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Risk factors for neurotoxicity in newborns with severe neonatal hyperbilirubinemia.
Pediatrics. 2011 Oct; 128(4):e925-31.Ped

Abstract

OBJECTIVE

To evaluate the importance of total serum bilirubin (TSB) and neurotoxicity risk factors in predicting acute bilirubin encephalopathy (ABE) at admission or posttreatment bilirubin encephalopathy (BE) in infants with severe hyperbilirubinemia.

METHODS

We analyzed the interaction of TSB and risk factors as determinants of ABE and BE in 249 newborns admitted with a TSB level of ≥ 25 mg/dL (427 μmol/L) to Cairo University Children's Hospital during a 12-month period.

RESULTS

Admission TSB values ranged from 25 to 76.4 mg/dL. Forty-four newborns had moderate or severe ABE at admission; 35 of 249 infants (14%) had evidence of BE at the time of discharge or death. Rh incompatibility (odds ratio [OR]: 48.6) and sepsis (OR: 20.6) greatly increased the risk for ABE/BE, but TSB levels correlated poorly with the presence or absence of ABE or BE in these patients. The OR for ABO incompatibility with anemia (1.8) was not statistically significant. Low admission weight (OR: 0.83 per 100 g) increased the risk for BE, especially when other risk factors were present. The threshold TSB level that identified 90% of infants with ABE/BE was 25.4 mg/dL when neurotoxicity risk factors were present. In contrast, neurotoxicity was first observed at a TSB level of >31.5 mg/dL in 111 infants without risk factors.

CONCLUSIONS

Newborns without risk factors for neurotoxicity have a higher tolerance for hyperbilirubinemia than recognized in management guidelines. The risk for BE in hemolytic disease varies with etiology. The great variation in response to TSB indicates that biological factors other than TSB values are important in the pathogenesis of BE.

Authors+Show Affiliations

Department of Pediatrics, Cairo University, Cairo, Egypt.No affiliation info availableNo affiliation info availableNo affiliation info availableNo affiliation info availableNo affiliation info availableNo affiliation info available

Pub Type(s)

Journal Article
Research Support, N.I.H., Extramural
Research Support, Non-U.S. Gov't

Language

eng

PubMed ID

21911352

Citation

Gamaleldin, Rasha, et al. "Risk Factors for Neurotoxicity in Newborns With Severe Neonatal Hyperbilirubinemia." Pediatrics, vol. 128, no. 4, 2011, pp. e925-31.
Gamaleldin R, Iskander I, Seoud I, et al. Risk factors for neurotoxicity in newborns with severe neonatal hyperbilirubinemia. Pediatrics. 2011;128(4):e925-31.
Gamaleldin, R., Iskander, I., Seoud, I., Aboraya, H., Aravkin, A., Sampson, P. D., & Wennberg, R. P. (2011). Risk factors for neurotoxicity in newborns with severe neonatal hyperbilirubinemia. Pediatrics, 128(4), e925-31. https://doi.org/10.1542/peds.2011-0206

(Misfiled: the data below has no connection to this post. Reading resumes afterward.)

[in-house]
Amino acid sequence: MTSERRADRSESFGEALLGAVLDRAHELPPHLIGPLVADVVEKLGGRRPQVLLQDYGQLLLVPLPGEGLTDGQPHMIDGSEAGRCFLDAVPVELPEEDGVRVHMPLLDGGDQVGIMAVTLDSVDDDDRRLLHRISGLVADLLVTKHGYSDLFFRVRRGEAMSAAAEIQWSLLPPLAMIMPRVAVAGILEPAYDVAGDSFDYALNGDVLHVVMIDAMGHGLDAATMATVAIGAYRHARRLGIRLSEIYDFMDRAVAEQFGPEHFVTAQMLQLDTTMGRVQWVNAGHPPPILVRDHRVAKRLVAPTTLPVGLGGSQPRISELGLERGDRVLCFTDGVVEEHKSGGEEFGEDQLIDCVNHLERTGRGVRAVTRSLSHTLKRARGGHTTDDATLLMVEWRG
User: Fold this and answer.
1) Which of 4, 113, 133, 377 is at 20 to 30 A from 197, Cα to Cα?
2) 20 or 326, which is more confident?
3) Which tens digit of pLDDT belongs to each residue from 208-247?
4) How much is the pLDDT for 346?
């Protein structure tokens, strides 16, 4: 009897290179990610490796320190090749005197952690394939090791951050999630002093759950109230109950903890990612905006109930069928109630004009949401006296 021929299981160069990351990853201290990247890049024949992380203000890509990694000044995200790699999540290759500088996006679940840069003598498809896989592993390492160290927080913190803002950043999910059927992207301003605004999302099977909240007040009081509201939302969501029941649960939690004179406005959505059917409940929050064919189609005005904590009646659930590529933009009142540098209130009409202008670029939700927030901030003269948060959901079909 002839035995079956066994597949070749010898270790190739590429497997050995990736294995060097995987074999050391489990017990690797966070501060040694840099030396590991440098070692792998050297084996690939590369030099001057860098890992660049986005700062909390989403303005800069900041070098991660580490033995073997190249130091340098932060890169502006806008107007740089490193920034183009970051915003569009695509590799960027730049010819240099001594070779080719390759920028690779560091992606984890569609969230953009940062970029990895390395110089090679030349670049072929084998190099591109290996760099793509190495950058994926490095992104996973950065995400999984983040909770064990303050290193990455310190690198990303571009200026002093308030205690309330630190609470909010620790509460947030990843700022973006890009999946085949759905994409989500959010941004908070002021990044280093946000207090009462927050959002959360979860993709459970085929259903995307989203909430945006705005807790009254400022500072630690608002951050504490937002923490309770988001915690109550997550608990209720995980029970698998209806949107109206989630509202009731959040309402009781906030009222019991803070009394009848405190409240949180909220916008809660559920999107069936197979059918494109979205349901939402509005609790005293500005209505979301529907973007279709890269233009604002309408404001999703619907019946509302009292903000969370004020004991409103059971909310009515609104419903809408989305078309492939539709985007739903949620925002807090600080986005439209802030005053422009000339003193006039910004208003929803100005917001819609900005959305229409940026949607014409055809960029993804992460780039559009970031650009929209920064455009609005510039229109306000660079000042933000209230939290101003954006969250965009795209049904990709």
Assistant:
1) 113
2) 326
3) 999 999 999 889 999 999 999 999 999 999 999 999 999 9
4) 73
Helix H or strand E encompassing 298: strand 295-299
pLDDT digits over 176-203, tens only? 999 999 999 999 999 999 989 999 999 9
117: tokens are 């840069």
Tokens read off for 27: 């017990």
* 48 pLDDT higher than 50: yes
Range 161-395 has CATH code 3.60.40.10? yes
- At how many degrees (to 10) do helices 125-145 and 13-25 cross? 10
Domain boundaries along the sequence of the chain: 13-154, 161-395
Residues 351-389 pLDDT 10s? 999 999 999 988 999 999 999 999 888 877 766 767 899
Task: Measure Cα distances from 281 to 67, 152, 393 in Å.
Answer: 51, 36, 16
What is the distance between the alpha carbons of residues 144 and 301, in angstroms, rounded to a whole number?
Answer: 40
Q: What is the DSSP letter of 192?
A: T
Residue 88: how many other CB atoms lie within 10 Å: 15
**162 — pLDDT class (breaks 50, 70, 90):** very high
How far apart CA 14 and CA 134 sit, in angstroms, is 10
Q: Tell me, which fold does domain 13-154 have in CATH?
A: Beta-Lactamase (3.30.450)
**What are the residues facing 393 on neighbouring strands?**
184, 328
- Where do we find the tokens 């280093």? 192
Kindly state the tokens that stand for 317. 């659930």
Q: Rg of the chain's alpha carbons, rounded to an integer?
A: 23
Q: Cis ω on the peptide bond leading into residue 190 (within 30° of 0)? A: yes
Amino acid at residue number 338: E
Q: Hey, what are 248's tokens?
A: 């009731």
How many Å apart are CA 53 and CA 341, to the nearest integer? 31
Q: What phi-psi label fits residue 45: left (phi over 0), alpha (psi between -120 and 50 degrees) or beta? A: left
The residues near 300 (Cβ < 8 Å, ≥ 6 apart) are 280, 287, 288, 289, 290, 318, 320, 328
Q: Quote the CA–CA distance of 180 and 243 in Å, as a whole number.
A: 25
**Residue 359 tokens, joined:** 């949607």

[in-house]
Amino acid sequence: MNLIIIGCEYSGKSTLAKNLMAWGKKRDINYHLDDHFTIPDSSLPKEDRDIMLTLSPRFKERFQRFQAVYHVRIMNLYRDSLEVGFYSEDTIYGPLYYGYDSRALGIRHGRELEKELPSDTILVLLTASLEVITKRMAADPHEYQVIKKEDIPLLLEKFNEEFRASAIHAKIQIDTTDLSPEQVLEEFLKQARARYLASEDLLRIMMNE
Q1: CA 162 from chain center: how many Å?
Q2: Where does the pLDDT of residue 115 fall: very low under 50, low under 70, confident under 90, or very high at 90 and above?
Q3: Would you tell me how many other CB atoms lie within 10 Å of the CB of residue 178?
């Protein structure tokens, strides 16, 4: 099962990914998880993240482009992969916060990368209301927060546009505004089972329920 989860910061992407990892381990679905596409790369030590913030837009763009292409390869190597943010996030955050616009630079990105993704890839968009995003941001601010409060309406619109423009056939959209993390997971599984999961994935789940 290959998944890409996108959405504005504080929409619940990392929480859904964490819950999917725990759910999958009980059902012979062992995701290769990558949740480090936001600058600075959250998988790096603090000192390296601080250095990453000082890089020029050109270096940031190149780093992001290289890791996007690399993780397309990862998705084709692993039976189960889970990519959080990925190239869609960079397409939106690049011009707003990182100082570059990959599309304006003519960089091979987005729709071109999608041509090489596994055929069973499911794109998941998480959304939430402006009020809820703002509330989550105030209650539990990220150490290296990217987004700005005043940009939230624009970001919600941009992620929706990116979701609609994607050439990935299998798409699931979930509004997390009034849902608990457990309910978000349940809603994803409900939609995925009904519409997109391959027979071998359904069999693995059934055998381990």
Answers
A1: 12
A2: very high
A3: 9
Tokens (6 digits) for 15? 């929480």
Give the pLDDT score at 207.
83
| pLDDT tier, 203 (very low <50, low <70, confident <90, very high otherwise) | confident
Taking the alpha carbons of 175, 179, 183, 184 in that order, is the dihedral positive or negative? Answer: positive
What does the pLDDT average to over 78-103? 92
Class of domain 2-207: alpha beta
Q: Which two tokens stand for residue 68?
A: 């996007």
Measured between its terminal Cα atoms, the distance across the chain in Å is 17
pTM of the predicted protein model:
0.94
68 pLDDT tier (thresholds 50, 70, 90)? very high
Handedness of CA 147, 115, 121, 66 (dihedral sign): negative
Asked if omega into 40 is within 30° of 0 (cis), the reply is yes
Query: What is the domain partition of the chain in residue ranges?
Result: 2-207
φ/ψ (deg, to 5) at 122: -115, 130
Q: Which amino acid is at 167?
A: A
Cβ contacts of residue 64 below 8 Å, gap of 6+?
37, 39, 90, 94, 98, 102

Gamaleldin R, et al. Risk Factors for Neurotoxicity in Newborns With Severe Neonatal Hyperbilirubinemia. Pediatrics. 2011;128(4):e925-31. PubMed PMID: 21911352.
* Article titles in AMA citation format should be in sentence-case
TY - JOUR T1 - Risk factors for neurotoxicity in newborns with severe neonatal hyperbilirubinemia. AU - Gamaleldin,Rasha, AU - Iskander,Iman, AU - Seoud,Iman, AU - Aboraya,Hanan, AU - Aravkin,Aleksandr, AU - Sampson,Paul D, AU - Wennberg,Richard P, Y1 - 2011/09/12/ PY - 2011/9/14/entrez PY - 2011/9/14/pubmed PY - 2011/12/13/medline SP - e925 EP - 31 JF - Pediatrics JO - Pediatrics VL - 128 IS - 4 N2 - OBJECTIVE: To evaluate the importance of total serum bilirubin (TSB) and neurotoxicity risk factors in predicting acute bilirubin encephalopathy (ABE) at admission or posttreatment bilirubin encephalopathy (BE) in infants with severe hyperbilirubinemia. METHODS: We analyzed the interaction of TSB and risk factors as determinants of ABE and BE in 249 newborns admitted with a TSB level of ≥ 25 mg/dL (427 μmol/L) to Cairo University Children's Hospital during a 12-month period. RESULTS: Admission TSB values ranged from 25 to 76.4 mg/dL. Forty-four newborns had moderate or severe ABE at admission; 35 of 249 infants (14%) had evidence of BE at the time of discharge or death. Rh incompatibility (odds ratio [OR]: 48.6) and sepsis (OR: 20.6) greatly increased the risk for ABE/BE, but TSB levels correlated poorly with the presence or absence of ABE or BE in these patients. The OR for ABO incompatibility with anemia (1.8) was not statistically significant. Low admission weight (OR: 0.83 per 100 g) increased the risk for BE, especially when other risk factors were present. The threshold TSB level that identified 90% of infants with ABE/BE was 25.4 mg/dL when neurotoxicity risk factors were present. In contrast, neurotoxicity was first observed at a TSB level of >31.5 mg/dL in 111 infants without risk factors. CONCLUSIONS: Newborns without risk factors for neurotoxicity have a higher tolerance for hyperbilirubinemia than recognized in management guidelines. The risk for BE in hemolytic disease varies with etiology. The great variation in response to TSB indicates that biological factors other than TSB values are important in the pathogenesis of BE. SN - 1098-4275 UR - https://wwww.unboundmedicine.com/medline/citation/21911352/Risk_factors_for_neurotoxicity_in_newborns_with_severe_neonatal_hyperbilirubinemia_ L2 - http://pediatrics.aappublications.org/cgi/pmidlookup?view=long&pmid=21911352 DB - PRIME DP - Unbound Medicine ER -